My brothers were natural sailors and explored every inch of the ship and had a marvelous time. For once they were getting enough to eat. We had what we called Thanksgiving dinner and I did not know what it meant because I did not know anything about American history and customs.

Next Sunday, Mary tells us of her experience landing at Ellis Island . It is quite a story.

Trumbull – Dear Absentees – Ced Misses His Party – June, 1943

This weekly missive from Grandpa catches up on the doings of all his children, Lad (California), Dan (Pennsylvania), Ced (Alaska) and Dick (just left Miami Beach for Indiana), all in the service of their country. Ced’s (Alaska) birthday is June 1st, and his family remembers, as Grandpa mentions in his usual tongue-in-cheek manner. Elizabeth (Biss) is married with two sons, Butch(4) and Marty (2).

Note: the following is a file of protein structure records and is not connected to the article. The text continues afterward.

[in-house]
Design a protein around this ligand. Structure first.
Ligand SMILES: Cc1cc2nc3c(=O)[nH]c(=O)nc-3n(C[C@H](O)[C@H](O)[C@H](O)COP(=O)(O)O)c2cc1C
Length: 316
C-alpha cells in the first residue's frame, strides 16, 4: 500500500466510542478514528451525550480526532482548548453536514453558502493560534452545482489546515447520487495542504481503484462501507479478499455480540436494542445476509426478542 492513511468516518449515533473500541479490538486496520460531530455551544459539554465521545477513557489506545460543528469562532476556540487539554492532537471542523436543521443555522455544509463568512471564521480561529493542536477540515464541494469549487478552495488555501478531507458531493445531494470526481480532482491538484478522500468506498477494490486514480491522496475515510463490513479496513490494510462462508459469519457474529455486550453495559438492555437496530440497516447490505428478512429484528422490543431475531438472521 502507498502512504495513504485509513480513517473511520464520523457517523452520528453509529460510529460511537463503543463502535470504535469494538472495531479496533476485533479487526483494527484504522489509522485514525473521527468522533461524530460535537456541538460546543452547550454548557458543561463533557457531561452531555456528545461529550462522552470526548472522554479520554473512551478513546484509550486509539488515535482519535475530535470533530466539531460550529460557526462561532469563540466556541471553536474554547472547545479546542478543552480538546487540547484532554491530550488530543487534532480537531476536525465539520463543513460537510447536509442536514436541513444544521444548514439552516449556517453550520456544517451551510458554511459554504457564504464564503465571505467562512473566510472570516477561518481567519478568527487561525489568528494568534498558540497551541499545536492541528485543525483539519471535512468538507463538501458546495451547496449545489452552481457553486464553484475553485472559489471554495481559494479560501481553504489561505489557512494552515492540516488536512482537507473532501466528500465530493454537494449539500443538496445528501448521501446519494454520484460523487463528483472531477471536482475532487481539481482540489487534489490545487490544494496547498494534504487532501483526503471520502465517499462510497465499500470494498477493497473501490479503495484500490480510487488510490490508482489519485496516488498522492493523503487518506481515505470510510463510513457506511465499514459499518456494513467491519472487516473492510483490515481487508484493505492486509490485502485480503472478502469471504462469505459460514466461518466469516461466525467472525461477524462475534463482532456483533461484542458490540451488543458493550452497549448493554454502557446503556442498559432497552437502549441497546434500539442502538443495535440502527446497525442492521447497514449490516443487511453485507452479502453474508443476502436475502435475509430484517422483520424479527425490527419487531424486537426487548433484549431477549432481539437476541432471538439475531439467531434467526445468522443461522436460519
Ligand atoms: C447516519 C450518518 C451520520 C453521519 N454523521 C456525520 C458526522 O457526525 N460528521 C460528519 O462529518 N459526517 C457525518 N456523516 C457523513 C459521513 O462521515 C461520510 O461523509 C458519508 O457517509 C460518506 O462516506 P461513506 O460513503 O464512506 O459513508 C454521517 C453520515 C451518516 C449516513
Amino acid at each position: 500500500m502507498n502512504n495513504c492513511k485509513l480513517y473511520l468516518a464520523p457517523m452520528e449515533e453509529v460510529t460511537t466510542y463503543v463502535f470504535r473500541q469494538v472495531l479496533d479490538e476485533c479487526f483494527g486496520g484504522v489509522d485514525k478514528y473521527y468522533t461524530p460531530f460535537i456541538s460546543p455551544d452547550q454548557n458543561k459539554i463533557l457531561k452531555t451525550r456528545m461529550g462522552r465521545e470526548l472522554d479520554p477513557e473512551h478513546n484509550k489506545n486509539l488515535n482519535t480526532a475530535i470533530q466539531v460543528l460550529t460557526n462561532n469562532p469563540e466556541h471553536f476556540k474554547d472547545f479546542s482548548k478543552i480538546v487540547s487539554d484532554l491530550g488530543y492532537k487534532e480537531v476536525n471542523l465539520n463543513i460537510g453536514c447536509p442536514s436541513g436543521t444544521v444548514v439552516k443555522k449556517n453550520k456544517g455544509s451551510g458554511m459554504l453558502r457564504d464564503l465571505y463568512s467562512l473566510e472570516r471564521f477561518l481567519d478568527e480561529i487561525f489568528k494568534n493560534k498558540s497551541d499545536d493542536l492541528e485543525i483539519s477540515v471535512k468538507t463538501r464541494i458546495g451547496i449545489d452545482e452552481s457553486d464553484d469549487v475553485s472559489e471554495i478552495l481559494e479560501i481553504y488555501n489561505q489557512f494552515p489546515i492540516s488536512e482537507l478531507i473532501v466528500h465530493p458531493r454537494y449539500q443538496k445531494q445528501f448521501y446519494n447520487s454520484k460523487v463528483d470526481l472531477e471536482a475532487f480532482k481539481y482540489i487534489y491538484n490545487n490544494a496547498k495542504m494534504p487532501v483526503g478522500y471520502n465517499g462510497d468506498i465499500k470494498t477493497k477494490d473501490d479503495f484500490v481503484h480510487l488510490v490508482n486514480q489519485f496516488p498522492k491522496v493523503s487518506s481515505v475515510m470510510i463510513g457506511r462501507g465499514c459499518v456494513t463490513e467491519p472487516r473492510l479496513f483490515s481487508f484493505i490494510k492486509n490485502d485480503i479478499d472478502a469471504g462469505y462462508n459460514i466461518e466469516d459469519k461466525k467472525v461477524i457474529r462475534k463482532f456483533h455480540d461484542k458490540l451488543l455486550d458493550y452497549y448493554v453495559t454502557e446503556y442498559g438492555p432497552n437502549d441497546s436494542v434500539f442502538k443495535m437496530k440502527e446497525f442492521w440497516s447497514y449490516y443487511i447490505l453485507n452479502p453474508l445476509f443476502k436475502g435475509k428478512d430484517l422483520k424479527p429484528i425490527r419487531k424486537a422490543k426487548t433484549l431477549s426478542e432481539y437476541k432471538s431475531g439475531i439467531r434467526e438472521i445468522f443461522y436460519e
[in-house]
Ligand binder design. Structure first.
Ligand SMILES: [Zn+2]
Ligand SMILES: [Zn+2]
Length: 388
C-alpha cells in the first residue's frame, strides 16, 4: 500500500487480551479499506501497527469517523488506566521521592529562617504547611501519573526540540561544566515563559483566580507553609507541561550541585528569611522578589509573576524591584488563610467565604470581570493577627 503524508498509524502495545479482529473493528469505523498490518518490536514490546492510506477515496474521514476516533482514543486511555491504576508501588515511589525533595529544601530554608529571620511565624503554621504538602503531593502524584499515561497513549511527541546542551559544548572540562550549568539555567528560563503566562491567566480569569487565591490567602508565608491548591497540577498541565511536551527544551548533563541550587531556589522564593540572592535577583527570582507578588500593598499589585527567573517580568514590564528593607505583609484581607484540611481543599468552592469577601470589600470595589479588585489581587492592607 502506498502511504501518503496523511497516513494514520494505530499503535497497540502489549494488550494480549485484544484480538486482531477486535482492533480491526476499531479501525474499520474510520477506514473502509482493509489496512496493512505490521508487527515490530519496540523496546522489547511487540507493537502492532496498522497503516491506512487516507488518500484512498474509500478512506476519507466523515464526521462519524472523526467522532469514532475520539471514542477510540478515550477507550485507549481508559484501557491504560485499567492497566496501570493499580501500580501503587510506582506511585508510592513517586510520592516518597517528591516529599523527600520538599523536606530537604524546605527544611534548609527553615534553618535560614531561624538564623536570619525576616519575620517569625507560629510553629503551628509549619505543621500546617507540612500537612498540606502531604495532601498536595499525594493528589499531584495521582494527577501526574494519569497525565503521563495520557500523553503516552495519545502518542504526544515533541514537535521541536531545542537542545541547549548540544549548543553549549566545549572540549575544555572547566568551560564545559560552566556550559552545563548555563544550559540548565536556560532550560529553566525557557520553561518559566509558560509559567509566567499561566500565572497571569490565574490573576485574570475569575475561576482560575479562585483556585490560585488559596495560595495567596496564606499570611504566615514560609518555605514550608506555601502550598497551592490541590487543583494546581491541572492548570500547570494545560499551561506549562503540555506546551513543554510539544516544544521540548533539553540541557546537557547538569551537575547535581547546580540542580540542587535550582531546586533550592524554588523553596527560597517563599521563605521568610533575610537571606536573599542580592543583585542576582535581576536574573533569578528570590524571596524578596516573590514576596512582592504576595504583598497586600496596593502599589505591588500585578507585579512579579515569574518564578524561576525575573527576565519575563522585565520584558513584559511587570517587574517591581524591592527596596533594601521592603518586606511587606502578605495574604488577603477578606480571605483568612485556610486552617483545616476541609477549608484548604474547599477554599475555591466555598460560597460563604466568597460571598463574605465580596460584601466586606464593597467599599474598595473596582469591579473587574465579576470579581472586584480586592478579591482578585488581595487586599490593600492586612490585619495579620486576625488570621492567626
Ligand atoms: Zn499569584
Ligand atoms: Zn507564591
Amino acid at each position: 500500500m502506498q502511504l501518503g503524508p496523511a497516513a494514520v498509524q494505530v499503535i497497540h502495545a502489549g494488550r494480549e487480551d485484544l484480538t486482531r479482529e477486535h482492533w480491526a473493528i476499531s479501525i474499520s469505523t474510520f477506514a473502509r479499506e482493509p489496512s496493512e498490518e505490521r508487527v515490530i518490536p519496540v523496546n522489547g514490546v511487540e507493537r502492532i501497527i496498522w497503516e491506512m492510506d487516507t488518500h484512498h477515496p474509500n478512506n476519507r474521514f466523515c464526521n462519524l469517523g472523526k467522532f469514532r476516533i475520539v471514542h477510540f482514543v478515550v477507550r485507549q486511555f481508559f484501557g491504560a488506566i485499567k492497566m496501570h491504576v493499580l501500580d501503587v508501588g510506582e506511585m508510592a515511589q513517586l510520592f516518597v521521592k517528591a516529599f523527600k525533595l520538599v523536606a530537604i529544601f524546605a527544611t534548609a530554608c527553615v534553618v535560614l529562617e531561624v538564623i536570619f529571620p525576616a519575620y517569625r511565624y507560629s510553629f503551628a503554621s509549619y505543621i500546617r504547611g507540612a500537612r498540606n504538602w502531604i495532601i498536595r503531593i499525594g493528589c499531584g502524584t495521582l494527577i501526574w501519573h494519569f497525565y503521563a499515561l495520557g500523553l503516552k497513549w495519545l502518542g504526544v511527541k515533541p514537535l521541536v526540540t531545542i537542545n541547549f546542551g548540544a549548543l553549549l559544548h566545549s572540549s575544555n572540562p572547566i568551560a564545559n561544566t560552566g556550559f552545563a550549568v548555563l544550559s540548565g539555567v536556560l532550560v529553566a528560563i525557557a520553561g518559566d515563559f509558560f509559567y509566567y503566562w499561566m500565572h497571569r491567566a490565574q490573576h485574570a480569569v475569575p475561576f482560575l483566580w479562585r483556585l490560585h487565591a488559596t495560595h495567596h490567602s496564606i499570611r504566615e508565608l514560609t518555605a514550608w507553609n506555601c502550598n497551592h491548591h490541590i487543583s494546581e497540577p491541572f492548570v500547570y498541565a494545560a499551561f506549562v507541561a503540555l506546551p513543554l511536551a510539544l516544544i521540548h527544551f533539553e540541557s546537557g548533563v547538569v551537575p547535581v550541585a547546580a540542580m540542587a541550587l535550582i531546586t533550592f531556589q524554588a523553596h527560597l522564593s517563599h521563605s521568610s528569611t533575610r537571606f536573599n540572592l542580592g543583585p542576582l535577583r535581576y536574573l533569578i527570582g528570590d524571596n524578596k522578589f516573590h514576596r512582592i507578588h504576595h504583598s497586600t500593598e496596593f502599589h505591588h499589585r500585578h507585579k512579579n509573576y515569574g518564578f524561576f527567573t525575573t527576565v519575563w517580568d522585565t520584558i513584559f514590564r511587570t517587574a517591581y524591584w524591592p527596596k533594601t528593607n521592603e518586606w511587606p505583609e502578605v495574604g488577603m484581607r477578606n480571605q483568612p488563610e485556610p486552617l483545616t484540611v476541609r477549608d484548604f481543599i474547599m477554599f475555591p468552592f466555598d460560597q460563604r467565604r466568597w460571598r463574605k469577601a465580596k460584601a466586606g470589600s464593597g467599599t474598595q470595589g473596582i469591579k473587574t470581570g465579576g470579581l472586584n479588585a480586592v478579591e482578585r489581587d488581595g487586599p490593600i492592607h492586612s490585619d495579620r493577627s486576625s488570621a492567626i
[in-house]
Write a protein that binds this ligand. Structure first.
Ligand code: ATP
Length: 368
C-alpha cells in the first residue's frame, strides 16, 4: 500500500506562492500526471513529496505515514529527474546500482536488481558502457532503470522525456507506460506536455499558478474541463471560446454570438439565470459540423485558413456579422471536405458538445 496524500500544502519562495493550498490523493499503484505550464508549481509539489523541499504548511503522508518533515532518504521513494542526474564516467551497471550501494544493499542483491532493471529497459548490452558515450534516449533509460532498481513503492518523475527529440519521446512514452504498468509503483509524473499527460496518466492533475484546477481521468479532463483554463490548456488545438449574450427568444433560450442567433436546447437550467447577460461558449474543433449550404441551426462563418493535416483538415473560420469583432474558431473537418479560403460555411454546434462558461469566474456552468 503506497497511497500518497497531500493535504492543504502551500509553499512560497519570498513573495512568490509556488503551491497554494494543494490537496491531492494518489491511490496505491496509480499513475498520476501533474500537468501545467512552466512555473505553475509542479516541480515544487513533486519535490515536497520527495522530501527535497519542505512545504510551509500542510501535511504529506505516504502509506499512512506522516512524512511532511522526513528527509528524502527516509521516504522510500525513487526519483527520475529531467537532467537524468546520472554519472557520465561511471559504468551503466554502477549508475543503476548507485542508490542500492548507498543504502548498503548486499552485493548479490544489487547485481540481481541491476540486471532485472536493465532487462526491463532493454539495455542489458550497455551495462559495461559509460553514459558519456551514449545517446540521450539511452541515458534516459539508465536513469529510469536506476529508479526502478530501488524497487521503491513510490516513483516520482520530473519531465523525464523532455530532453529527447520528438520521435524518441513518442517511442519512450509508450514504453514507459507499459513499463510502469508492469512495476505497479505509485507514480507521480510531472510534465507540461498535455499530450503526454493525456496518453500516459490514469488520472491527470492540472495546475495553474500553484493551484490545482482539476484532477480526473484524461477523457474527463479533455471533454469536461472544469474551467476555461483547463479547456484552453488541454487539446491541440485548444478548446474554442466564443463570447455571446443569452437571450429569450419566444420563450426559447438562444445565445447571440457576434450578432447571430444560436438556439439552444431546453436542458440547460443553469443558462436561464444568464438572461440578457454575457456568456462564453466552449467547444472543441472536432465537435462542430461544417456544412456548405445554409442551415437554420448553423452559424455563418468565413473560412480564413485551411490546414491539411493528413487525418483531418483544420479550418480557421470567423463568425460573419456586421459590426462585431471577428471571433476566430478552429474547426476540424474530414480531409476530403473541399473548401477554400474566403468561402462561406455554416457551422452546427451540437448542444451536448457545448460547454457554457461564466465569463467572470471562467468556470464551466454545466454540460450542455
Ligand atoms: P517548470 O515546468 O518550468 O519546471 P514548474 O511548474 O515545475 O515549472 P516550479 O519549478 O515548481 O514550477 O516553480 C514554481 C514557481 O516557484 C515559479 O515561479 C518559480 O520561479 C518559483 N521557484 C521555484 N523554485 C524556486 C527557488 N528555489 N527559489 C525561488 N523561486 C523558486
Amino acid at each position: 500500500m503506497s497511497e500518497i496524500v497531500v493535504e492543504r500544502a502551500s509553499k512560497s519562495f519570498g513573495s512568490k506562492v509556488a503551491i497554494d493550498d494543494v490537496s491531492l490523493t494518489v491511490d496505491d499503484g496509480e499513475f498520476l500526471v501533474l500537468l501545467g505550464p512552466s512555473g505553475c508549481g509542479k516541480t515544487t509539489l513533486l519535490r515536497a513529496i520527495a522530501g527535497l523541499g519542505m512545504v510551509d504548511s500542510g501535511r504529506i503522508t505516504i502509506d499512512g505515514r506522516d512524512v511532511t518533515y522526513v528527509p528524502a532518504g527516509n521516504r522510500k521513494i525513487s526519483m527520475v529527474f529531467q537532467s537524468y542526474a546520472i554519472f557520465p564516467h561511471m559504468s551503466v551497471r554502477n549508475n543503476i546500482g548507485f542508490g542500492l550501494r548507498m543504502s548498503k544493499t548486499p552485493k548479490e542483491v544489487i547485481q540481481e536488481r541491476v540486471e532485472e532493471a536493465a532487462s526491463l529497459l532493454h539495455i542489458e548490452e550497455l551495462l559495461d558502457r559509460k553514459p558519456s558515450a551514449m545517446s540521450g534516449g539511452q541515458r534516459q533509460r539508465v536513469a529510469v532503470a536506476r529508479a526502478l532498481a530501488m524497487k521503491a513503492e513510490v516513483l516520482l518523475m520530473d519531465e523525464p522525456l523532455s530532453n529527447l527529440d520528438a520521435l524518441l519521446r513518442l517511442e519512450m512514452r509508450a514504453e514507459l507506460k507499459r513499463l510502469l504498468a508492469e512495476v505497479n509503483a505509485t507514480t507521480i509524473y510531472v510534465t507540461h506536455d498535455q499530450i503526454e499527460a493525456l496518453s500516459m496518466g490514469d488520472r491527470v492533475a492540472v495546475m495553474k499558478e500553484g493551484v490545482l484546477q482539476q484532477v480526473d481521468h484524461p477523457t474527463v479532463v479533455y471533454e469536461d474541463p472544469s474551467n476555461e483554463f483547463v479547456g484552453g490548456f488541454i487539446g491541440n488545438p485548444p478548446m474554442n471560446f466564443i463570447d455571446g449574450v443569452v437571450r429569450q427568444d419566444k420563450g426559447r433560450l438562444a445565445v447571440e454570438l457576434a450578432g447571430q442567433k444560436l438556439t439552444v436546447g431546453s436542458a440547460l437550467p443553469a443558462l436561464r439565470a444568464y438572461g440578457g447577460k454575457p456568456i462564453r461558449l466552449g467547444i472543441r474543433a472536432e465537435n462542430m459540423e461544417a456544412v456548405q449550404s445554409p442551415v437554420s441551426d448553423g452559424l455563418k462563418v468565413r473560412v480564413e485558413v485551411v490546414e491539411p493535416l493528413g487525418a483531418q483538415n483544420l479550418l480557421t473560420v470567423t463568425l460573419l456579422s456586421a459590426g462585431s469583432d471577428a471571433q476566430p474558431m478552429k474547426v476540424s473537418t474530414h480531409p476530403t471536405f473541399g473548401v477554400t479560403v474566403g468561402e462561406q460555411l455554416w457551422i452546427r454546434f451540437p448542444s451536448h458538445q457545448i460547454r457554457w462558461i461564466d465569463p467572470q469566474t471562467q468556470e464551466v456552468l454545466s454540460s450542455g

Trumbull, Conn.      June 6, 1943

Dear Absentees:

With all this talk about the naughtiness of absenteeism, it seems to me it’s about time some of you stay-away-from-homer’s would take the lesson to heart and come back

Alfred (Lad) Guion in California

Alfred (Lad) Guion in California

once in a while and help me mow the lawn. But there is this — after working my fingers to the bone and staying up until the small hours of the morning sewing on your pinafore’s, you up and away, leaving me to shovel snow in winter and chase moths out of your clothes in summer, which reminds me, Lad, to report the sad news that even after what I thought was sufficient precaution those pesky little insects did get one pair of your gray pants and ate some ventilation holes in them. Unless they come with a blowtorch next time, however, I don’t think mama moth will lay any more eggs in your clothes this time.